Kaye Spilker, Curator, Costume and Textiles (LACMA) and Roger Leong, Senior Curator (MAAS), deciding on the final positions, viewing angles and heights of a group of jackets. Photo: Marinco Kojdanovski, MAAS
After the curators confirmed the position and height of each jacket on its ‘invisible’ mount, Scott Winston, Assistant Registrar and Carey Ward, Registrar, fixed wooden boards to the ceiling from which the jackets were suspended with four lengths of steel wire. Photo: Roger Leong, MAAS
Kaye Spilker, Curator, Costume and Textiles and Rachel Tu, Collections Manager (LACMA) watching as Scott Winston, Assistant Registrar (MAAS) fixes the position of a suspended patchwork dressing gown, c.1835. Photo: Ryan Hernandez, MAAS
A finished plinth combining ‘invisible’ forms with mannequin display. Note how discreet the four steel wires become at low light levels. Photo: Ryan Hernandez, MAAS
Megan Hall, Conservator (MAAS), Jessica McLean, Registrar (MAAS) and Melinda Kerstein, Costume Installation Specialist (LACMA) securing a half-dressed mannequin to the plinth. Melinda then finished the dressing by adding the At-home robe (Banyan), c.1880, Smoking cap, 1870s-80s, and slippers, c.1870. Photo: Ryan Hernandez, MAAS
Suzanne Chee, Conservator (MAAS), preparing the fittings for fixing the mannequins to the plinth. Photo: Marinco Kojdanovski, MAAS
Final touches included accessories such as hats, ties, bows, wigs and, occasionally, a moustache. Here, Sarah Heenan, Collections Officer and Bronwyn McKenzie, Registrar (MAAS), place the wig for this Smoking suit, 1870s. Photo: Marinco Kojdanovski, MAAS
Rachel Tu, Collections Manager (LACMA) placing the wig for Vivienne Westwood and Malcolm McLaren’s punk outfit, 1976-77. The wigs were made of tailor’s canvas by Deborah Ambrosino, a milliner who works in the film industry. Photo: Roger Leong, MAAS
Melinda Kerstein, Costume Installation Specialist (LACMA) adding the silk plush Top hat, c.1815 to the dandy ensemble, 1820s. Photo: Roger Leong, MAAS
Rachel Tu, Collections Manager (LACMA) tying the reproduction silk bows on the breeches of the Incroyable ensemble, 1790s. Rachel was responsible for attaching most of the special mounted accessories which were a combination of authentic period pieces (such as the lorgnette or eyeglasses and the ‘Hercules Club, walking stick in this ensemble) and reproductions. Photo: Roger Leong, MAAS
A well-dressed gentleman of the eighteenth century wore fine muslin or linen neckties. But very few have survived or are too fragile to use. Most of the neckties in this exhibition are modern reproductions. Photo: Roger Leong, MAAS
Although these muslin cuffs are modern reproductions, they have been carefully hand-stitched as they would have been in the 18th century. Photo: Roger Leong, MAAS
Kaye Spilker, Curator, Costume and Textiles (LACMA) carefully straightening the silk tassels of these Smoking caps, 1870s-80s. Photo: Roger Leong, MAAS
Peter Hermon, Exhibition Lighting Technician (MAAS) spent days up a ladder to get the lighting angles and levels just right. Photo: Roger Leong, MAAS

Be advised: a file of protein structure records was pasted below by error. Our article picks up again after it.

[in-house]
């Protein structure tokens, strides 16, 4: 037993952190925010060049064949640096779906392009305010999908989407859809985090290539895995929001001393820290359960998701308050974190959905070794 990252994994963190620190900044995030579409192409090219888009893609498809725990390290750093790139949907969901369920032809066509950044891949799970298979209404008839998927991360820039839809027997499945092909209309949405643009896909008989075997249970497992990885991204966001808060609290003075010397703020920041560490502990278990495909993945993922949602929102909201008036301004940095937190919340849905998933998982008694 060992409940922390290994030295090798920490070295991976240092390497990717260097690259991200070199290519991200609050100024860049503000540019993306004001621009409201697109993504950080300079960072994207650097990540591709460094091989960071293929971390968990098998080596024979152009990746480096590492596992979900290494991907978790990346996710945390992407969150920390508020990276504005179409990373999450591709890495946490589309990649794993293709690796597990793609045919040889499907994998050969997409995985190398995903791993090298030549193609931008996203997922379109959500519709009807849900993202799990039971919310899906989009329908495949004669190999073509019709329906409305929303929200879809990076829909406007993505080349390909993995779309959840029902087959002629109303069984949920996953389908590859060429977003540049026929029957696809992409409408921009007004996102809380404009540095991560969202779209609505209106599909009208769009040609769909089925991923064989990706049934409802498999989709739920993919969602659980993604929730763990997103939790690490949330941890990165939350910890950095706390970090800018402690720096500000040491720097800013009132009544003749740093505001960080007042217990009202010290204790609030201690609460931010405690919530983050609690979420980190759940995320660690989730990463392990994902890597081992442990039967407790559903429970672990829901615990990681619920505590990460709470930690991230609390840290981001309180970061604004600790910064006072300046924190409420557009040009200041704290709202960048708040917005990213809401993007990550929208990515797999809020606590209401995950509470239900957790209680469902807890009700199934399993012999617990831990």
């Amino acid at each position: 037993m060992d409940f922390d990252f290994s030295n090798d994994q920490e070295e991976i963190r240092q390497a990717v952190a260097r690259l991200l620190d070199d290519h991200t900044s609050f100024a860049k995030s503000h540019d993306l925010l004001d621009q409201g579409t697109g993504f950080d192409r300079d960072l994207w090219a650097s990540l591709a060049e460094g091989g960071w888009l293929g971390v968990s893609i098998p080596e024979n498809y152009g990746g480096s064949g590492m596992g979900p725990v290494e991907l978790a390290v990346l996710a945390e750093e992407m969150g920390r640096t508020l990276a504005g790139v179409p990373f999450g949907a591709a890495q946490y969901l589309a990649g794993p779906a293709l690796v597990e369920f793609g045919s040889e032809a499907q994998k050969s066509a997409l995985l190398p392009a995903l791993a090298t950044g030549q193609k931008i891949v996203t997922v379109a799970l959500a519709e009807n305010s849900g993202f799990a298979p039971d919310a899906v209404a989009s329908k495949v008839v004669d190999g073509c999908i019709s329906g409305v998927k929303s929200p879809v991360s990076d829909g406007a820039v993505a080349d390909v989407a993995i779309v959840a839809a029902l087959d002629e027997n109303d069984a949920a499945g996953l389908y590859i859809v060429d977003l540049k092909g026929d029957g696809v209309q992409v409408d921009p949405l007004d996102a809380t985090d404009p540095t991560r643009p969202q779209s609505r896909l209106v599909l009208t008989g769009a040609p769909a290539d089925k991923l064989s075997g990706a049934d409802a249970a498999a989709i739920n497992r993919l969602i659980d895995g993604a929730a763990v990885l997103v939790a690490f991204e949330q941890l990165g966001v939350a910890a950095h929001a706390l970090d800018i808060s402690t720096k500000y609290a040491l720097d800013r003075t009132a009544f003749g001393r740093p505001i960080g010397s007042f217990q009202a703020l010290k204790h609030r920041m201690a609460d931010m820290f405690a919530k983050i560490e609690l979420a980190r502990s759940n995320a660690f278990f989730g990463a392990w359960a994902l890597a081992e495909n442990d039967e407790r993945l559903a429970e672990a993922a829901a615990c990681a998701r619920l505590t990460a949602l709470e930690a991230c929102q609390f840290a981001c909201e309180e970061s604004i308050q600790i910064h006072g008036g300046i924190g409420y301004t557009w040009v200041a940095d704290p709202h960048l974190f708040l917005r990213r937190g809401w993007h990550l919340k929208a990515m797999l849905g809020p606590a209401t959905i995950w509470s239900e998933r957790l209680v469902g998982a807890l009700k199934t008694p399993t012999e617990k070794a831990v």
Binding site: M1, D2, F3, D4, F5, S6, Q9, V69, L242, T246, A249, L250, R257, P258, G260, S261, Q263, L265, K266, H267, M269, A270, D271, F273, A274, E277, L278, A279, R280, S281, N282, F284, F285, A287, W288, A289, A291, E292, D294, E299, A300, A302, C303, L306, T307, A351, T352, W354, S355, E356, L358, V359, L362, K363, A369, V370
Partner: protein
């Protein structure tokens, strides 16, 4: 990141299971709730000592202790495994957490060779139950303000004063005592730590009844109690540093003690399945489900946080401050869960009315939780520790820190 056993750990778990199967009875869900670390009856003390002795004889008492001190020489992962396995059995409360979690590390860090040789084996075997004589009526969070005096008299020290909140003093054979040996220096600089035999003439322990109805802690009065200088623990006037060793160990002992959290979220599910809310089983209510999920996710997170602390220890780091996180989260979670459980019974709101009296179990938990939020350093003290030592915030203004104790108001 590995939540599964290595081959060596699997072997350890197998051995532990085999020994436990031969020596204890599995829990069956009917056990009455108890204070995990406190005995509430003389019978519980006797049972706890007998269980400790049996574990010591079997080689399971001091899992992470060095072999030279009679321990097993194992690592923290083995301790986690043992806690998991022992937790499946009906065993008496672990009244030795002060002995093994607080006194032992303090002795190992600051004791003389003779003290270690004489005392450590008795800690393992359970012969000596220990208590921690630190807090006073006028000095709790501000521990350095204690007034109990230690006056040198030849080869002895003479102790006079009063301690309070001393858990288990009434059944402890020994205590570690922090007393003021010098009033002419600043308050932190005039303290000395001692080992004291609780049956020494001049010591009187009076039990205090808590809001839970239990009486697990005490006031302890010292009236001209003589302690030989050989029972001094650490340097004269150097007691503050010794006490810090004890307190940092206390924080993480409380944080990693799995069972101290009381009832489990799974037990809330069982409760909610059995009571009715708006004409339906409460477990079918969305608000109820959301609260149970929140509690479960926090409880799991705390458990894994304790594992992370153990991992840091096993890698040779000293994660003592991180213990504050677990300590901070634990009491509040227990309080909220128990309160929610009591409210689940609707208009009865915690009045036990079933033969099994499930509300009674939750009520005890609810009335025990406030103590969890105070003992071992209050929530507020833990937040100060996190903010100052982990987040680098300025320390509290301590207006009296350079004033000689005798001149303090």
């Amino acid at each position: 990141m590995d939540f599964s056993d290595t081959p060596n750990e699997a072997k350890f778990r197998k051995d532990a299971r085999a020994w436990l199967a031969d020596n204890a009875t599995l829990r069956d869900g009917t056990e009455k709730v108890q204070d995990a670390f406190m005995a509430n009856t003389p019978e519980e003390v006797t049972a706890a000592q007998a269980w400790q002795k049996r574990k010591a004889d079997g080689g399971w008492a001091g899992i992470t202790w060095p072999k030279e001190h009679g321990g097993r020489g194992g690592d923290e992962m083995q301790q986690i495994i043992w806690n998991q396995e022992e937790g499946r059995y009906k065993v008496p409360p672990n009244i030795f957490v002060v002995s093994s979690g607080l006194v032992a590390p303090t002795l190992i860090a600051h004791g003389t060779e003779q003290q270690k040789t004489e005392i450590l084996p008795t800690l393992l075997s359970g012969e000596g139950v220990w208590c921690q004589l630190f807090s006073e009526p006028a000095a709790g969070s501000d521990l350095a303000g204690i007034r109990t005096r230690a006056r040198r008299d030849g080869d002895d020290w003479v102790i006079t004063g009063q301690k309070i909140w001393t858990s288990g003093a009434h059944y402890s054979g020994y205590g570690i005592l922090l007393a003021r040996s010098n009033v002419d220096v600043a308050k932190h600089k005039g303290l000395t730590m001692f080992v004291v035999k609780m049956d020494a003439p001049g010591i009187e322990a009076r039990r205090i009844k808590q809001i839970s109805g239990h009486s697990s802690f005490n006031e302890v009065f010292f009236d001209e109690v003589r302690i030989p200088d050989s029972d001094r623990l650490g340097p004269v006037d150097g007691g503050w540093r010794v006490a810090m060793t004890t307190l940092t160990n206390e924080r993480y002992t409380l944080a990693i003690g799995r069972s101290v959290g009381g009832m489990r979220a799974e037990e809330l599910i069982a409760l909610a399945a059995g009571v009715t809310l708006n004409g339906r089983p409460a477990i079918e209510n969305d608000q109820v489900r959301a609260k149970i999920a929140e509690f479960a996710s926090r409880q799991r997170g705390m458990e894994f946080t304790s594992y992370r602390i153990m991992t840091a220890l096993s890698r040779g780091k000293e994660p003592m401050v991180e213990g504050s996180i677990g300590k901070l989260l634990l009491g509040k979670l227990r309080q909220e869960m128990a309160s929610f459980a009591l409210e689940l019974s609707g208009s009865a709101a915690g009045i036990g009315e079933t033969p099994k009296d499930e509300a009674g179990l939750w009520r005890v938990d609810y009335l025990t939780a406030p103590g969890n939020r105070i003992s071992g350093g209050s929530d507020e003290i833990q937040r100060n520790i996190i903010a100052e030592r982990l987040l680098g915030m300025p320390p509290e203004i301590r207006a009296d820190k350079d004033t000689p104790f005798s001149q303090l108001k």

Gavin Lewis, Workshop Preparator (MAAS), fixing the coloured strips which signalled the five thematic groupings of the exhibition. Photo: Roger Leong, MAAS
Garth Knight (freelance installer) installing photographs, posters and illustrations for a display of ‘The Male Image’, a pictorial complement within the Reigning Men exhibition using MAAS objects and several loans. Note the covered mannequins which have been dressed to an initial stage and waiting to be placed into position. Photo: Roger Leong, MAAS
Vanessa Thorne, Assistant Curator (MAAS) installing objects in Australian Men’s Style which is a complementary display of menswear and accessories from the MAAS collection. This display is located near the entrance of the Reigning Men exhibition. Photo: Roger Leong, MAAS
Teresa Werstak, Conservator, preparing to install a portrait miniature of Governor Lachlan Macquarie and a daguerreotype in a showcase for the Australian Men’s Style display. Photo: Roger Leong, MAAS
Gosia Dudek, Conservator (MAAS) measuring the final position for the ‘unicorn’ walking stick, made by Robert Read, 1890-1938, part of the Australian Men’s Style display. Photo: Roger Leong, MAAS
Gavin Lewis, Workshop Preparator, Gosia Dudek, Conservator and Rebecca Ellis, Assistant Conservator (MAAS), are preparing to attach the acrylic covers protecting objects on the wall such as Grace Lillian Lee’s Enlightenment, 2017, part of the Australian Men’s Style display. Photo: Roger Leong, MAAS
Every major exhibition relies on sponsors and partners. Ours included NSW Government, Ferrari, IWC Schaffhausen, Etihad Airways and GQ Australia. That’s me in the middle flanked by some of our Reigning Men ambassadors: Justin O’Shea, Timothy Nicol-Ford, Kelvin Ho and William Smart, all standing in front of the Ferrari driven to the museum by Justin. Timothy and William feature in the exhibition in a short film of Australian men talking about their individual approaches to style along with Jake Gordon, Benji Hart and Roberto Malizia, Isaac Kisimba, and Jimmy Niggles Esq. Click on the links to watch excerpts from the film. Photo: Ryan Hernandez, MAAS
All that is left to see the finest of luxury 18th and 19th century men’s fashion shown with contemporary interpretations of men’s style, is a visit to the Powerhouse Museum (one of three MAAS sites) before 14 October 2018. Photo: Ryan Hernandez, MAAS

Roger Leong, Senior Curator
May 2018